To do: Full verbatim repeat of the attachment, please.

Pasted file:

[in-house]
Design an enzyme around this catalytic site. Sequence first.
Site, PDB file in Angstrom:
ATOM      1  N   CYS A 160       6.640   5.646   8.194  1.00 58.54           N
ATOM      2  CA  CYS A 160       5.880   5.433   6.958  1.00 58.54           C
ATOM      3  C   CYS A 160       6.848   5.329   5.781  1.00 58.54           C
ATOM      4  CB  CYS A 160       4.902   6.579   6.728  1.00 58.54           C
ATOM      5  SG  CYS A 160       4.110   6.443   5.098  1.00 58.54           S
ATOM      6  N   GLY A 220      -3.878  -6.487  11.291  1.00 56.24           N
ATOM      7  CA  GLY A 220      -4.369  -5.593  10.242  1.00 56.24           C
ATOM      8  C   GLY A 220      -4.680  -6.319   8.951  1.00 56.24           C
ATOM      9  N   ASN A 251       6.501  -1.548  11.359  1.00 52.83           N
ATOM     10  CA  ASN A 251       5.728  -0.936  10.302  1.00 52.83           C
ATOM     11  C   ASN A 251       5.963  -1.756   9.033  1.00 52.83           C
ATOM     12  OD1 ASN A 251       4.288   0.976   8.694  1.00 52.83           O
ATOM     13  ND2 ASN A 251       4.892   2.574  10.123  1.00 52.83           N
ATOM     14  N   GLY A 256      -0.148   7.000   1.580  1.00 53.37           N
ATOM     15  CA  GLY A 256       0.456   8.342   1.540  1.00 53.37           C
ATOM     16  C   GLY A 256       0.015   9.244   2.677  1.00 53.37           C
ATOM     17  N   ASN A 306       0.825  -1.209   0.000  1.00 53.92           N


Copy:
[in-house]
Design an enzyme around this catalytic site. Sequence first.
Site, PDB file in Angstrom:
ATOM      1  N   CYS A 160       6.640   5.646   8.194  1.00 58.54           N
ATOM      2  CA  CYS A 160       5.880   5.433   6.958  1.00 58.54           C
ATOM      3  C   CYS A 160       6.848   5.329   5.781  1.00 58.54           C
ATOM      4  CB  CYS A 160       4.902   6.579   6.728  1.00 58.54           C
ATOM      5  SG  CYS A 160       4.110   6.443   5.098  1.00 58.54           S
ATOM      6  N   GLY A 220      -3.878  -6.487  11.291  1.00 56.24           N
ATOM      7  CA  GLY A 220      -4.369  -5.593  10.242  1.00 56.24           C
ATOM      8  C   GLY A 220      -4.680  -6.319   8.951  1.00 56.24           C
ATOM      9  N   ASN A 251       6.501  -1.548  11.359  1.00 52.83           N
ATOM     10  CA  ASN A 251       5.728  -0.936  10.302  1.00 52.83           C
ATOM     11  C   ASN A 251       5.963  -1.756   9.033  1.00 52.83           C
ATOM     12  OD1 ASN A 251       4.288   0.976   8.694  1.00 52.83           O
ATOM     13  ND2 ASN A 251       4.892   2.574  10.123  1.00 52.83           N
ATOM     14  N   GLY A 256      -0.148   7.000   1.580  1.00 53.37           N
ATOM     15  CA  GLY A 256       0.456   8.342   1.540  1.00 53.37           C
ATOM     16  C   GLY A 256       0.015   9.244   2.677  1.00 53.37           C
ATOM     17  N   ASN A 306       0.825  -1.209   0.000  1.00 53.92           N